Kernel (im_kernel)

This module collects kernel log messages from the kernel log buffer. This module works on Linux, the BSDs, and macOS.

To examine the supported platforms, see the list of installer packages in the Available Modules chapter.
In order for NXLog to read logs from the kernel buffer, it may be necessary to disable the system logger (systemd, klogd, or logd) or configure it to not read events from the kernel.

Special privileges are required for reading kernel logs. For this, NXLog needs to be started as root. With the User and Group global directives, NXLog can then drop its root privileges while keeping the CAP_SYS_ADMIN capability for reading the kernel log buffer.

Unfortunately it is not possible to read from the /proc/kmsg pseudo file for an unprivileged process even if the CAP_SYS_ADMIN capability is kept. For this reason the /proc/kmsg interface is not supported by the im_kernel module. The im_file module should work fine with the /proc/kmsg pseudo file if one wishes to collect kernel logs this way, though this will require NXLog to be running as root.
Log Sample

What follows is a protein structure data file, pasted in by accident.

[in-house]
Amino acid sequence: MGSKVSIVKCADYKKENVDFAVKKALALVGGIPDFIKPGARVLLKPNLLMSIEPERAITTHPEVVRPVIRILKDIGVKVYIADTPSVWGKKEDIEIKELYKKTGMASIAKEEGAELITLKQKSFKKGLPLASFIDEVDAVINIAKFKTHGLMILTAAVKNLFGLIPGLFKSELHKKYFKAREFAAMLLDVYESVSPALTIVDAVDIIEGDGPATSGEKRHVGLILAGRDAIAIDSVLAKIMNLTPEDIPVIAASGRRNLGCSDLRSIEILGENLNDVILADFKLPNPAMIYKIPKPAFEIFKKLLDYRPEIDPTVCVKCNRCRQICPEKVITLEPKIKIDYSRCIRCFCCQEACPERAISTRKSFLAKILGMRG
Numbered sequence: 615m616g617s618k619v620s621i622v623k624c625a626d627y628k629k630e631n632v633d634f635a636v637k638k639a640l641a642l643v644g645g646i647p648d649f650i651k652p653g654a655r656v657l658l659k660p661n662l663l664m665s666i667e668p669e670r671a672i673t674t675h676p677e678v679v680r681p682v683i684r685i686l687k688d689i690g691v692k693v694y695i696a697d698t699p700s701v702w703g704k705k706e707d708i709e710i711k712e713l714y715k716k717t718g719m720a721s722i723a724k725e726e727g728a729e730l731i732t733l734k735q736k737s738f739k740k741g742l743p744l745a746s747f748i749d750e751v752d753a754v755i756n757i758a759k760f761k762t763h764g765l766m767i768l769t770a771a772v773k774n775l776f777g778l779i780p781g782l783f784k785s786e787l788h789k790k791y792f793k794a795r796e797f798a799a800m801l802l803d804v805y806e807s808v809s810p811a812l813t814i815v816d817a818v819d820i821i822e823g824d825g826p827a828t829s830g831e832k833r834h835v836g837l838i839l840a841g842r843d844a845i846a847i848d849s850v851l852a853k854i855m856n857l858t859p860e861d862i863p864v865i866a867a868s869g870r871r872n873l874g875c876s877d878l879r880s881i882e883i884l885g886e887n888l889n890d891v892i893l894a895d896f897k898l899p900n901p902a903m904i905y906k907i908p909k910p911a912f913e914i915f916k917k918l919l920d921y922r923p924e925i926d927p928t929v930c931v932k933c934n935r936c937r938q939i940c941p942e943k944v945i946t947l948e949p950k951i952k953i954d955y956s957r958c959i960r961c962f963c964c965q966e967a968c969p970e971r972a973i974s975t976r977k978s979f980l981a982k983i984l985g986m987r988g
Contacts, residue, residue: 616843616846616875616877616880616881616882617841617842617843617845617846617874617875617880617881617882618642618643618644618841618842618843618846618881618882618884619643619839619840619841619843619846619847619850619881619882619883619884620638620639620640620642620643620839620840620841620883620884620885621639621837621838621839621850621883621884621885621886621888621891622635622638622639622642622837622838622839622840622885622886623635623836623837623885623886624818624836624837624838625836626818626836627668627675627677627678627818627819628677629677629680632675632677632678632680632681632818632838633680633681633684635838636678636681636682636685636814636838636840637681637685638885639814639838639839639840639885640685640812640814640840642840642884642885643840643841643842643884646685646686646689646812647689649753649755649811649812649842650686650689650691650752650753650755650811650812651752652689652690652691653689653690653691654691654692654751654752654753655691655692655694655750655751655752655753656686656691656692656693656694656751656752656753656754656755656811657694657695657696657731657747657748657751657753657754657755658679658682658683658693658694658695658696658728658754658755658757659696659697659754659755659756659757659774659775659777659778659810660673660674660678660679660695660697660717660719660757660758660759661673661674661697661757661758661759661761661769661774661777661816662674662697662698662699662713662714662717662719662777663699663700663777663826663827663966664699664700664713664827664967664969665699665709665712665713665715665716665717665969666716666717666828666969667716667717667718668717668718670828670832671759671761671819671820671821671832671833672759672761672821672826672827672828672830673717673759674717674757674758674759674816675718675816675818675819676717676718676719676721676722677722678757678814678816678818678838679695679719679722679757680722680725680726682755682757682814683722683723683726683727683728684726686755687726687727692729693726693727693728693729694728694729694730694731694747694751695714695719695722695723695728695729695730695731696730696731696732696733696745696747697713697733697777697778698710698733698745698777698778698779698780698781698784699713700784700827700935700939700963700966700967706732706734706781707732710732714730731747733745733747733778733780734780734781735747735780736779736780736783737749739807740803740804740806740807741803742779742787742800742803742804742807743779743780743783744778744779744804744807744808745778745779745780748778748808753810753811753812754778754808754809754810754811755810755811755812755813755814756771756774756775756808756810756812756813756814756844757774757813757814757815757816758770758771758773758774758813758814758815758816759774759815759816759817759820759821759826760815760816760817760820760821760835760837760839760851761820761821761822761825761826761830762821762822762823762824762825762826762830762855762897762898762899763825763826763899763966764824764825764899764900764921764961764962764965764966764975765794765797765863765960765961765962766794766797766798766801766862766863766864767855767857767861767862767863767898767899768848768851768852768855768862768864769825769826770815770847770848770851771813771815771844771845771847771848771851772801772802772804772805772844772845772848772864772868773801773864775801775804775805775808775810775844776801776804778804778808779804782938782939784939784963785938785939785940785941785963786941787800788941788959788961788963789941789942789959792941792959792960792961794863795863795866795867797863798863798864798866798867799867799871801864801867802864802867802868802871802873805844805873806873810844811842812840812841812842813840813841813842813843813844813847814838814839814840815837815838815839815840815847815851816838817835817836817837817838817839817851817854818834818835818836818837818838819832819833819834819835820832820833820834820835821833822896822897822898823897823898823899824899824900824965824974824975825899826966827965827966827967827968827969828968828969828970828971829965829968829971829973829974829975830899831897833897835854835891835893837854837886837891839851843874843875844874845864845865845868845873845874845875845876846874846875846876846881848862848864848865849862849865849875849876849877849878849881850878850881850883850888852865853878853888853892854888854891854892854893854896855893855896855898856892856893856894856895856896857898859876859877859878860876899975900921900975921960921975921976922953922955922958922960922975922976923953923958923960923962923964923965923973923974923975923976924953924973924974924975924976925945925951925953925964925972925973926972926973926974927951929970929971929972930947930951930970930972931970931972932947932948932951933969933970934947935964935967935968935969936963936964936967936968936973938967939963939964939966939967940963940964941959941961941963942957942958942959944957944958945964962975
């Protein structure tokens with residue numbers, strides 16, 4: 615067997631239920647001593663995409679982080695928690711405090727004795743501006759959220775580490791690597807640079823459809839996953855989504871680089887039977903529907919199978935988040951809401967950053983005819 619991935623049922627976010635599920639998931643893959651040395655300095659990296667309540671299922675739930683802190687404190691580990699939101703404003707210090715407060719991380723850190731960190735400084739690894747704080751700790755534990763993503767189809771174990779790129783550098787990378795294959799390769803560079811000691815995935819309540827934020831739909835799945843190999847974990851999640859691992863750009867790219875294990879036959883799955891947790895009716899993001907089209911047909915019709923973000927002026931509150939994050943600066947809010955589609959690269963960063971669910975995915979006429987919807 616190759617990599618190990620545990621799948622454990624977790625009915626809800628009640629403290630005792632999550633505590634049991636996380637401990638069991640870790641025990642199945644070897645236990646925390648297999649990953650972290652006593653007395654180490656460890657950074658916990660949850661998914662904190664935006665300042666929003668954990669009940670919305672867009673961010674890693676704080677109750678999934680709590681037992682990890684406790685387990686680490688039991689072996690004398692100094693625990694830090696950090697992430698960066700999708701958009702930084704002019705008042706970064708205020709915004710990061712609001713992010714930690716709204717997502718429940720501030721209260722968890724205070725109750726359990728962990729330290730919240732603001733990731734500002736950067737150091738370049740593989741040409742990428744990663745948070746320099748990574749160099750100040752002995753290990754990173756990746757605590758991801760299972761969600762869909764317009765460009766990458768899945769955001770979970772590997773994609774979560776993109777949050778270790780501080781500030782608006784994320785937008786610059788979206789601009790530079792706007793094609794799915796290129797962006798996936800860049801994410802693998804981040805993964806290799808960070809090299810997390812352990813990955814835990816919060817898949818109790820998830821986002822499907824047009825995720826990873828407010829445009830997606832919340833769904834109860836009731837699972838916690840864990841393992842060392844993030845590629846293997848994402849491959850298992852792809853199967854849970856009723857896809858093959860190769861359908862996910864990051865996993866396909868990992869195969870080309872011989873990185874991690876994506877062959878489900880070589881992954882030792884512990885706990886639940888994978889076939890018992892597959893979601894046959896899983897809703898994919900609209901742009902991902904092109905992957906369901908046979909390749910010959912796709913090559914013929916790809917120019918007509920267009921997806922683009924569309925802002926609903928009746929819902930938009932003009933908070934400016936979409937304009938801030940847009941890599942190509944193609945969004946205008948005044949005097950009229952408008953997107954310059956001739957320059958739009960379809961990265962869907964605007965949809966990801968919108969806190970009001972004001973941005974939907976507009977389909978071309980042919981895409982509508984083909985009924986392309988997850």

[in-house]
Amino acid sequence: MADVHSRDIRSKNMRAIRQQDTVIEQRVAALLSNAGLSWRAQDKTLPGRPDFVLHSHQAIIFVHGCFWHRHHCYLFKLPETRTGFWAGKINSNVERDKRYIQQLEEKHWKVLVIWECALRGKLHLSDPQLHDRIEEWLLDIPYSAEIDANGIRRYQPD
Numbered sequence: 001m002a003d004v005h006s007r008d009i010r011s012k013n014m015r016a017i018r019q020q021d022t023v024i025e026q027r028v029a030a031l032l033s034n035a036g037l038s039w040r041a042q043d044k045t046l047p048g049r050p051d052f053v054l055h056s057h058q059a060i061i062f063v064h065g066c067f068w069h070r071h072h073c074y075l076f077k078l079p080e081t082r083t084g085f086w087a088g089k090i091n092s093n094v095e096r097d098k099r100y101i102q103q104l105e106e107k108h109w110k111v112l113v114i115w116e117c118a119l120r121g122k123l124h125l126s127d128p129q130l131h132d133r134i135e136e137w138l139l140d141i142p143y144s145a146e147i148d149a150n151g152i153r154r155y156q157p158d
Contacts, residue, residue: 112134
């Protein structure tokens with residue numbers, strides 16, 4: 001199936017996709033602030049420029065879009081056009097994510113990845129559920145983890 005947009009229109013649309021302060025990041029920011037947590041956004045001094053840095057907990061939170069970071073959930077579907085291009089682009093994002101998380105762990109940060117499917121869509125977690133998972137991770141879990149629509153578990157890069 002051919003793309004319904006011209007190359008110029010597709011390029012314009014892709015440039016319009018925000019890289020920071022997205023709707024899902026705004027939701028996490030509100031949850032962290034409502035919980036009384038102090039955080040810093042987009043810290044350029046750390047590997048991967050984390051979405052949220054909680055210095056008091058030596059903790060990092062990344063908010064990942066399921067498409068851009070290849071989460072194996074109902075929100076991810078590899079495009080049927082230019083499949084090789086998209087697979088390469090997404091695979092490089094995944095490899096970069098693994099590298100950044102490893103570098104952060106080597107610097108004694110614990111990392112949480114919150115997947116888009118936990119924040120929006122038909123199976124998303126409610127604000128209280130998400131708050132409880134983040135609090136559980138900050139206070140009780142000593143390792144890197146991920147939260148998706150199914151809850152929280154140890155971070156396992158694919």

<6>Some message from the kernel.

Kernel messages are valid BSD Syslog messages, with a priority from 0 (emerg) to 7 (debug), but do not contain timestamp and hostname fields. These can be parsed with the xm_syslog parse_syslog_bsd() procedure, and the timestamp and hostname fields will be added by NXLog.

Configuration

The im_kernel module accepts the following directives in addition to the common module directives.

DeviceFile

This directive sets the device file from which to read events, for non-Linux platforms. If this directive is not specified, the default is /dev/klog.

PollInterval

This directive specifies how frequently the module will check for new events, in seconds, on Linux. If this directive is not specified, the default is 1 second. Fractional seconds may be specified (PollInterval 0.5 will check twice every second).

Examples

Example 1. Reading messages from the kernel

This configuration collects log messages from the kernel and writes them to file. This should work on Linux, the BSDs, and macOS (but the system logger may need to be disabled or reconfigured).

nxlog.conf
# Drop privileges after being started as root
User nxlog
Group nxlog

<Input kernel>
    Module  im_kernel
</Input>

<Output file>
    Module  om_file
    File    "tmp/output"
</Output>